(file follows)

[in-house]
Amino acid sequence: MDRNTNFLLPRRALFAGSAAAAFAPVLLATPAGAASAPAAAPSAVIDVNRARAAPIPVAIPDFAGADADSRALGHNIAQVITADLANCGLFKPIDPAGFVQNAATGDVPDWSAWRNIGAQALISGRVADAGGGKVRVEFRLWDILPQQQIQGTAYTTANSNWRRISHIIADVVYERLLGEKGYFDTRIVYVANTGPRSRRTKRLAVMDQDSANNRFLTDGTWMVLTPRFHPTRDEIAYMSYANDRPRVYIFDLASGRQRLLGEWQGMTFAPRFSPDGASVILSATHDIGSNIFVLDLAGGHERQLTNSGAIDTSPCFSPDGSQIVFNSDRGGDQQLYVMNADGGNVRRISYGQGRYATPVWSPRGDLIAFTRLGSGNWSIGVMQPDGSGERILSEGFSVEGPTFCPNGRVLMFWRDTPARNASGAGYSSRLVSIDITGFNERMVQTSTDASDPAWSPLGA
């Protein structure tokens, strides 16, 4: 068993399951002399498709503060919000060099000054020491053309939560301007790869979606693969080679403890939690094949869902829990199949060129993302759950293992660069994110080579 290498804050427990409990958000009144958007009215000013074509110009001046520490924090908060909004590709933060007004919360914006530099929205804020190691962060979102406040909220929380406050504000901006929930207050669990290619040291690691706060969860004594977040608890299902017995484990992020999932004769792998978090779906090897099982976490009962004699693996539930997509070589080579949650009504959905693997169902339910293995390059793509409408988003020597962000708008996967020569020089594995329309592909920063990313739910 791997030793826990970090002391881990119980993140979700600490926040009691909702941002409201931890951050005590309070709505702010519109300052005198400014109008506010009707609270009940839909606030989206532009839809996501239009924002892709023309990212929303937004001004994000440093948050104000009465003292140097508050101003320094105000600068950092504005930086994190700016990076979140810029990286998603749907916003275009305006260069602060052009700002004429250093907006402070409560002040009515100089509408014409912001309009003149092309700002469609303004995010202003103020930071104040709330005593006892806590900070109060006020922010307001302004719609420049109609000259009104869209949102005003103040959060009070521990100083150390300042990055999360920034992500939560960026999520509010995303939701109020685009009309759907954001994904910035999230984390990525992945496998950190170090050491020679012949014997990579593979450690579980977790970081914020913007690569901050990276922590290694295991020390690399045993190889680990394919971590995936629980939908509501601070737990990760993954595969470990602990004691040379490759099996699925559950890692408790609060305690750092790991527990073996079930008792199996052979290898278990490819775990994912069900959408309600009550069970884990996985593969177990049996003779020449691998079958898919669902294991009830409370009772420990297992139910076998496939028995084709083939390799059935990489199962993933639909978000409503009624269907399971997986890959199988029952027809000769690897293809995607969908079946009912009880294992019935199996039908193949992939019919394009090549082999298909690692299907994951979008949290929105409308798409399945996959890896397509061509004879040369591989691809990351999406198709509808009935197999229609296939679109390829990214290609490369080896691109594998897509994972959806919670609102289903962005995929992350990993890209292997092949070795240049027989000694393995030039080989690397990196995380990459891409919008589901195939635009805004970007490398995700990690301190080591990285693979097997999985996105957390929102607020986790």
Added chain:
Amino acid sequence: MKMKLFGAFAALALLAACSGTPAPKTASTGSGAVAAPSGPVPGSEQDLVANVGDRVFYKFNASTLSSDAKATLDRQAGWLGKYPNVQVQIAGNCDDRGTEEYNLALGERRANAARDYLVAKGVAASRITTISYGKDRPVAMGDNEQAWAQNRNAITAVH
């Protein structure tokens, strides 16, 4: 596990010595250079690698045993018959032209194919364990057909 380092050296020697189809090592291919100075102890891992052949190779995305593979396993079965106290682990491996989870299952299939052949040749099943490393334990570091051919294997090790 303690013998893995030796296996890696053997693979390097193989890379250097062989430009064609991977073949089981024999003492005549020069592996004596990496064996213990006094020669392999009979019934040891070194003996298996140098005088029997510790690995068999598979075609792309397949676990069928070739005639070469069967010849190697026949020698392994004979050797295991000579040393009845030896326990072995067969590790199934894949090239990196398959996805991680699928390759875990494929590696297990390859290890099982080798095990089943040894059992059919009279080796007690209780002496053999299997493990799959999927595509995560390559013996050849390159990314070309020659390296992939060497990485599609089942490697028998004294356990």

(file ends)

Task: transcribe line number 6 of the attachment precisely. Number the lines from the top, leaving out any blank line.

């Protein structure tokens, strides 16, 4: 596990010595250079690698045993018959032209194919364990057909 380092050296020697189809090592291919100075102890891992052949190779995305593979396993079965106290682990491996989870299952299939052949040749099943490393334990570091051919294997090790 303690013998893995030796296996890696053997693979390097193989890379250097062989430009064609991977073949089981024999003492005549020069592996004596990496064996213990006094020669392999009979019934040891070194003996298996140098005088029997510790690995068999598979075609792309397949676990069928070739005639070469069967010849190697026949020698392994004979050797295991000579040393009845030896326990072995067969590790199934894949090239990196398959996805991680699928390759875990494929590696297990390859290890099982080798095990089943040894059992059919009279080796007690209780002496053999299997493990799959999927595509995560390559013996050849390159990314070309020659390296992939060497990485599609089942490697028998004294356990």